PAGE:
The "glittering achievements and charmed lives" of the 20th century's academic elite have been laid bare this week in a study of recent obituaries entitled Dead Academics .
The author of the research paper, Malcolm Tight, professor of higher education at Lancaster University, said he was left "awestruck" by the achievements of those deemed worthy of posthumous celebration.
He said: "This feeling is compounded by the mythic quality - which is not to say that they are untrue - of many of the statements and anecdotes included. Most of us in academic life are truly not worthy by comparison."
The paper, presented at the Society for Research into Higher Education conference, looked at 100 obituaries published in the first nine months of this year.
Most of the academics commemorated were men, their average age was 79 and almost half had studied - and a quarter had worked - at Oxford or Cambridge universities.
Professor Tight said the sheer quantity of obituaries printed illustrated the "high regard" in which academics are held, adding that he had been surprised by how quickly he was able to collect his 100-strong sample.
Of the academics featured in his paper, 85 were men and 15 women, with an age range of 46 to 98, and they were equally split between the arts and humanities and science and medicine.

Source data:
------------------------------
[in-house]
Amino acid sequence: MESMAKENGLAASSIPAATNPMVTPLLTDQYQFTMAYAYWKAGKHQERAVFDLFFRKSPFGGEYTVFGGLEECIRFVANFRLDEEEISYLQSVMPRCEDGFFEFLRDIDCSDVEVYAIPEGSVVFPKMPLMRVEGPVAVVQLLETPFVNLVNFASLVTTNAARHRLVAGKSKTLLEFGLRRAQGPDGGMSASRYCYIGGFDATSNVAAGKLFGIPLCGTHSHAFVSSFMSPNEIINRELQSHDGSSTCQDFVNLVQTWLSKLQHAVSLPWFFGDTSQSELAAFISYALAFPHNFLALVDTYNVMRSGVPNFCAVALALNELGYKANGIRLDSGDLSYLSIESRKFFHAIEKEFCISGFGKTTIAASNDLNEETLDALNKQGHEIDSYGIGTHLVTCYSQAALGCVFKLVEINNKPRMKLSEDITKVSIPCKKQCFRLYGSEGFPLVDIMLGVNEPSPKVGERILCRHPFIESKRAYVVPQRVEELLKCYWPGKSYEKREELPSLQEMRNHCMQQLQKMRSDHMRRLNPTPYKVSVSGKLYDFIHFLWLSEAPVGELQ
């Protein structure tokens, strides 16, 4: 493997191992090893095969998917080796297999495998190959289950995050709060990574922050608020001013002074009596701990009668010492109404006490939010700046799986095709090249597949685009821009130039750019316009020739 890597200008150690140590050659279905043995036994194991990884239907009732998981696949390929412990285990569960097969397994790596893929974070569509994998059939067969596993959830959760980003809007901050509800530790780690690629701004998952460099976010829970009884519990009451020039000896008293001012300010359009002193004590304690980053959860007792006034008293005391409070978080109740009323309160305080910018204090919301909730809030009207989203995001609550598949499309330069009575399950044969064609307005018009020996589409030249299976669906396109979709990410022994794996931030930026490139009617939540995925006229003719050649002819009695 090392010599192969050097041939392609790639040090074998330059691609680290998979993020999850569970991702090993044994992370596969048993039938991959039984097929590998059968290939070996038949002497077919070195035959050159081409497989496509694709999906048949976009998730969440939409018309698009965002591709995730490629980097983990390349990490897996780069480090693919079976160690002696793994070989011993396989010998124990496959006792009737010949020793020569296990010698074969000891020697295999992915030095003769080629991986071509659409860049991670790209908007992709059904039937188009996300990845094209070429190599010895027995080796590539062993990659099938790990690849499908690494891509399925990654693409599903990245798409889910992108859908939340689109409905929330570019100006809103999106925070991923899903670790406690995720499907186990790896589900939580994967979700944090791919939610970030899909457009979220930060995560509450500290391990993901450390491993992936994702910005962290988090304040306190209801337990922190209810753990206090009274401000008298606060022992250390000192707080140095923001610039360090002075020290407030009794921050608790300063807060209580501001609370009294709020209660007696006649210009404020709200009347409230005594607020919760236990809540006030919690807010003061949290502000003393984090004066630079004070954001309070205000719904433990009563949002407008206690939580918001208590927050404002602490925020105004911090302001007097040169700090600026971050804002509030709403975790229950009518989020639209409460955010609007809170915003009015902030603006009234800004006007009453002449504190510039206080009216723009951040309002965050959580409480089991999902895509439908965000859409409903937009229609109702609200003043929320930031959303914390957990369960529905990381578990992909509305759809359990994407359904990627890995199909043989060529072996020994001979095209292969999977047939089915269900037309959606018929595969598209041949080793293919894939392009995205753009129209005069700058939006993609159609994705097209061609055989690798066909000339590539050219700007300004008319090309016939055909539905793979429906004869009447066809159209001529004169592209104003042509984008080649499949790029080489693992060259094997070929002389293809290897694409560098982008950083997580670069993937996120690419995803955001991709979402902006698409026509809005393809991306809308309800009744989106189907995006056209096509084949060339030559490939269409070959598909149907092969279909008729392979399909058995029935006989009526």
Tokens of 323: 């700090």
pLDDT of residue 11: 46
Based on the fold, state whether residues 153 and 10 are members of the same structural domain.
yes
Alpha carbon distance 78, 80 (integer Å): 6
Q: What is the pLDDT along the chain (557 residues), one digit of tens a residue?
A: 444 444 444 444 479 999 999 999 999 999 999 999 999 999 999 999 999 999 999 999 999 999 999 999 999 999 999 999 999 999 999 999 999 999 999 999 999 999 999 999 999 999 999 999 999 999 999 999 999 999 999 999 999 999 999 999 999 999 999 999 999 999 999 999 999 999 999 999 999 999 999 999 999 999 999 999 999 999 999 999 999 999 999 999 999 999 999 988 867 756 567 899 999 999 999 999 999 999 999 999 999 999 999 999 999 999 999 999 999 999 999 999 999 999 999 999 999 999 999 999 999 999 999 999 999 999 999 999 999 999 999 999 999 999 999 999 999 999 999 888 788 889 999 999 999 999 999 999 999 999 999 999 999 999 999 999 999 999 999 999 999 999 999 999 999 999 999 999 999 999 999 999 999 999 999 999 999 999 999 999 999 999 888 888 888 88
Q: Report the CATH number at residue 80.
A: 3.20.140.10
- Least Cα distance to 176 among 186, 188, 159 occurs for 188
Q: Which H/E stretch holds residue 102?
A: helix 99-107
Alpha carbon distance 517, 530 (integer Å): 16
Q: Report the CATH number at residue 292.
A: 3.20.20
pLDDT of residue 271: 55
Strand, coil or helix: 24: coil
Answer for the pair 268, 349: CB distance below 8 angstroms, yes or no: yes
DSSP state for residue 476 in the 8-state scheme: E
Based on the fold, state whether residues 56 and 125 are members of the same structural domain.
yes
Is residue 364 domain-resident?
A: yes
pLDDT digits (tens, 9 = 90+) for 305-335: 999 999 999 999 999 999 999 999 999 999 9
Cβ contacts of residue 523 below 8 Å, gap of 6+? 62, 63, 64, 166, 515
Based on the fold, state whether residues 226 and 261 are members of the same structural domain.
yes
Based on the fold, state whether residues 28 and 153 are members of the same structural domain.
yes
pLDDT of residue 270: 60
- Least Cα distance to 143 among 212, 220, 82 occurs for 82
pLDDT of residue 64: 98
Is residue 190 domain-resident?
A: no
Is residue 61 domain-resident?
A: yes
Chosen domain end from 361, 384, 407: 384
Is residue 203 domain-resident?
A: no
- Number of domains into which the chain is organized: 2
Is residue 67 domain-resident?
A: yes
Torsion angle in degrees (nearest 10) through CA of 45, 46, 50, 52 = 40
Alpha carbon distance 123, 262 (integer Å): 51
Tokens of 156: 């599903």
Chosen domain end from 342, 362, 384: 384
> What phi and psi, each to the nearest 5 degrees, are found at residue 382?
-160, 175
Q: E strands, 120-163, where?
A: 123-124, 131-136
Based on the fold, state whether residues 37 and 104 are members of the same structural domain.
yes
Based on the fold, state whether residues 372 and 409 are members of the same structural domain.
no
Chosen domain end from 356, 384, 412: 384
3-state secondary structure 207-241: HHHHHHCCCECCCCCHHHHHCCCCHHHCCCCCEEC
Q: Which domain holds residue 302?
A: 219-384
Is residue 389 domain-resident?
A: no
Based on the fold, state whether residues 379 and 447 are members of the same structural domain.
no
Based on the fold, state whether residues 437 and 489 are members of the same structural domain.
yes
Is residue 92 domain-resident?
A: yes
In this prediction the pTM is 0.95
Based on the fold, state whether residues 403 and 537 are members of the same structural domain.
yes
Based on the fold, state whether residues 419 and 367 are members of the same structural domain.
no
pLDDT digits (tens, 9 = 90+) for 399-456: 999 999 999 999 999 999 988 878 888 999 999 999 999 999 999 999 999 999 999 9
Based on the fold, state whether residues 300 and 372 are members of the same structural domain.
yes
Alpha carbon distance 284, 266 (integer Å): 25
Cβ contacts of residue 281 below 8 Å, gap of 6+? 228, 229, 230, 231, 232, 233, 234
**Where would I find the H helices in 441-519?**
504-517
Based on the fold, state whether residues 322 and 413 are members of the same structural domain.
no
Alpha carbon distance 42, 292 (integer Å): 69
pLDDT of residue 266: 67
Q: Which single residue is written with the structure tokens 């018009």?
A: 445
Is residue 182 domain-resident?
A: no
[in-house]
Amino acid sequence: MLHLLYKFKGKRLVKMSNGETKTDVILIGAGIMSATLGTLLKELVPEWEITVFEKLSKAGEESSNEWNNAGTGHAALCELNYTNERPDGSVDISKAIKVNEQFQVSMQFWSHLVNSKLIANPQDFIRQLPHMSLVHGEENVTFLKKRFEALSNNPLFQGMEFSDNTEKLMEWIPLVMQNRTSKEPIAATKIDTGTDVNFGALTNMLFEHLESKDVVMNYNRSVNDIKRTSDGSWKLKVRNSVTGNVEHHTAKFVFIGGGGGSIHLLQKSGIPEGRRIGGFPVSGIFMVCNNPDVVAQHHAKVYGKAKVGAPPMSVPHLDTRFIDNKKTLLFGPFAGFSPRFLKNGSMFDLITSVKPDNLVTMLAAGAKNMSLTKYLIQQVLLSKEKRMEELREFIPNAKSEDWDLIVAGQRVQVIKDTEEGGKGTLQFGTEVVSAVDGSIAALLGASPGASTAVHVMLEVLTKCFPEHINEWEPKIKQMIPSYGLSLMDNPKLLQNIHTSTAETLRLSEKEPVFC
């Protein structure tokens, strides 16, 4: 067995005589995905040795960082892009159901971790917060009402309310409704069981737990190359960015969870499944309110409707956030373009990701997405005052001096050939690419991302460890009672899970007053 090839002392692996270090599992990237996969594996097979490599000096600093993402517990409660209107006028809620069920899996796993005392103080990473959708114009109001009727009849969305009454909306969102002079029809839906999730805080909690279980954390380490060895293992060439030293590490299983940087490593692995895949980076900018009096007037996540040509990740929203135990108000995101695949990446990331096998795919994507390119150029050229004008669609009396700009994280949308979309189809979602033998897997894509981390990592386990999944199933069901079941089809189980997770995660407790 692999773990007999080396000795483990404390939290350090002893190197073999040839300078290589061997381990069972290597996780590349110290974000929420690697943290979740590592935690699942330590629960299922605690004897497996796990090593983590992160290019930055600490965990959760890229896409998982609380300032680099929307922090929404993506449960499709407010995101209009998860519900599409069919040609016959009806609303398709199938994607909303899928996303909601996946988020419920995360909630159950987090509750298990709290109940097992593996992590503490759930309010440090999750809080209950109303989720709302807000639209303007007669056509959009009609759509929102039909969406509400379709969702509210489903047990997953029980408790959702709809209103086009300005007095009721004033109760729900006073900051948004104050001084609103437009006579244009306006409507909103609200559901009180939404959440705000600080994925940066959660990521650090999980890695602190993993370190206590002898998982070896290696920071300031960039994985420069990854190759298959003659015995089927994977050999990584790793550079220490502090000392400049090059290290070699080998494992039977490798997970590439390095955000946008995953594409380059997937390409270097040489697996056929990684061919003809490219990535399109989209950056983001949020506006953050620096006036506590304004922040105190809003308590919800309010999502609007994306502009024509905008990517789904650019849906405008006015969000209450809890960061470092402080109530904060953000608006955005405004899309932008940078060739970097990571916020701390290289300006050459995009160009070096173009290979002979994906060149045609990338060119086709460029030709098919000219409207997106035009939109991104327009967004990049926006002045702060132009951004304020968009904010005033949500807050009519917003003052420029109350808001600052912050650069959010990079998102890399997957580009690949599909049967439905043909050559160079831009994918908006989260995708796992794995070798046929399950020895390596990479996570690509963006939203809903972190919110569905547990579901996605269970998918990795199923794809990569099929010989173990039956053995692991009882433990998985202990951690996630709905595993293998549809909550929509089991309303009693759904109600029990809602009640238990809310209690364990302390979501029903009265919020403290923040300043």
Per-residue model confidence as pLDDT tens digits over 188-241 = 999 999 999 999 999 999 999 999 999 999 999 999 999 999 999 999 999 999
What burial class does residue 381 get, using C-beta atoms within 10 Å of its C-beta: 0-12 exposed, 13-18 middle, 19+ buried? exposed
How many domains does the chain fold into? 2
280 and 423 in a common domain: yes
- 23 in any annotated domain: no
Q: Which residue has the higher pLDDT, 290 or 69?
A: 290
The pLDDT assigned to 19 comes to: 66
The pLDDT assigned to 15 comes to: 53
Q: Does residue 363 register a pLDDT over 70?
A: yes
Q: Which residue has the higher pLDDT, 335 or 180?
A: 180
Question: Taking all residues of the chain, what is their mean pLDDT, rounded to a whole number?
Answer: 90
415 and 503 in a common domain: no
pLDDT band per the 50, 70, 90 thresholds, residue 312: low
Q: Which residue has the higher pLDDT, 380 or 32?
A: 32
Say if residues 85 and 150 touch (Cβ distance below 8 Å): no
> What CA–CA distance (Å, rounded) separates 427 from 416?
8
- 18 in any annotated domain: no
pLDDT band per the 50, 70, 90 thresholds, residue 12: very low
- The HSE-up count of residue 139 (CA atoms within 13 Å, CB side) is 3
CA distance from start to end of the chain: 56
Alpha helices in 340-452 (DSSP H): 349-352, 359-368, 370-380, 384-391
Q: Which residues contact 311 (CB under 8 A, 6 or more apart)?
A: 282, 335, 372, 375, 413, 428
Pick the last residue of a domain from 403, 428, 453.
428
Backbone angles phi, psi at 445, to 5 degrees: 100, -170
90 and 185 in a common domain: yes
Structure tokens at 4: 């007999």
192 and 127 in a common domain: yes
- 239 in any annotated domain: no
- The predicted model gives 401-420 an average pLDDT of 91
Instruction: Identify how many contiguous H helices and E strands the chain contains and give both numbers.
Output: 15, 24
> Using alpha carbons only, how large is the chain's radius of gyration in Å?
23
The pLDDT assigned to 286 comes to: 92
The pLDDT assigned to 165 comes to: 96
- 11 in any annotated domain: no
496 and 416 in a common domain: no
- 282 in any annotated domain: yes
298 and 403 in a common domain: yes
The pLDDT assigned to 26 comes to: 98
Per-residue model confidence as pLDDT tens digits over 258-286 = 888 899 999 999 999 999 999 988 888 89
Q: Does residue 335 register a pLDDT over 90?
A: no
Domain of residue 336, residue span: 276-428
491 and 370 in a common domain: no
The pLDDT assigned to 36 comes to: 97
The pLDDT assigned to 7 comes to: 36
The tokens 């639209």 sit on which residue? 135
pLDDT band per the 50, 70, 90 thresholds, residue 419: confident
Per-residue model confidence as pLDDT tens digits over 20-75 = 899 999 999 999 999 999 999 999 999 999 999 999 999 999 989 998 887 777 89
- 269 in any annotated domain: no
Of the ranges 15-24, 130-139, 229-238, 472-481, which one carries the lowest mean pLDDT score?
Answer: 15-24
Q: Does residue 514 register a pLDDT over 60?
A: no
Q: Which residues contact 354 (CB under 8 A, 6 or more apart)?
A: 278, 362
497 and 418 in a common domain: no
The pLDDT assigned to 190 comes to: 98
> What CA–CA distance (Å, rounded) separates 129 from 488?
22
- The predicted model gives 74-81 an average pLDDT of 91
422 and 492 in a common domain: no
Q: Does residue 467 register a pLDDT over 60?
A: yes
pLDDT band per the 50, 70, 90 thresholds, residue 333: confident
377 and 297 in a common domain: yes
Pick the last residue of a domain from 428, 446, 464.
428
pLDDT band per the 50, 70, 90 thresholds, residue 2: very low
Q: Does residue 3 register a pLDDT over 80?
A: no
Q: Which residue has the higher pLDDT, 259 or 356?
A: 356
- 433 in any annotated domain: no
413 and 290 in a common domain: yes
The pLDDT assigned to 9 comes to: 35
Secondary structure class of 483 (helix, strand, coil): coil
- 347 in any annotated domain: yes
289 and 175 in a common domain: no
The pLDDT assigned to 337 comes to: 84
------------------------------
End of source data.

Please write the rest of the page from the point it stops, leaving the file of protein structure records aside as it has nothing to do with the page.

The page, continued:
The majority, 81, had been professors; six were vice-chancellors; there were five Nobel laureates and six had been knighted. In addition, 25 had chaired academic societies, 11 had edited journals and at least 30 had served in the Second World War.
Noting the monastic origins of academia, the study notes that 13 had never married and a quarter had had no children - although one made up the numbers with seven offspring.
Professor Tight said: "The story these obituaries impart to me about postwar academic work and life is one of lots of individuals striving hard and putting in long hours, caring for their students, colleagues and research topics, and achieving a great deal in often trying circumstances."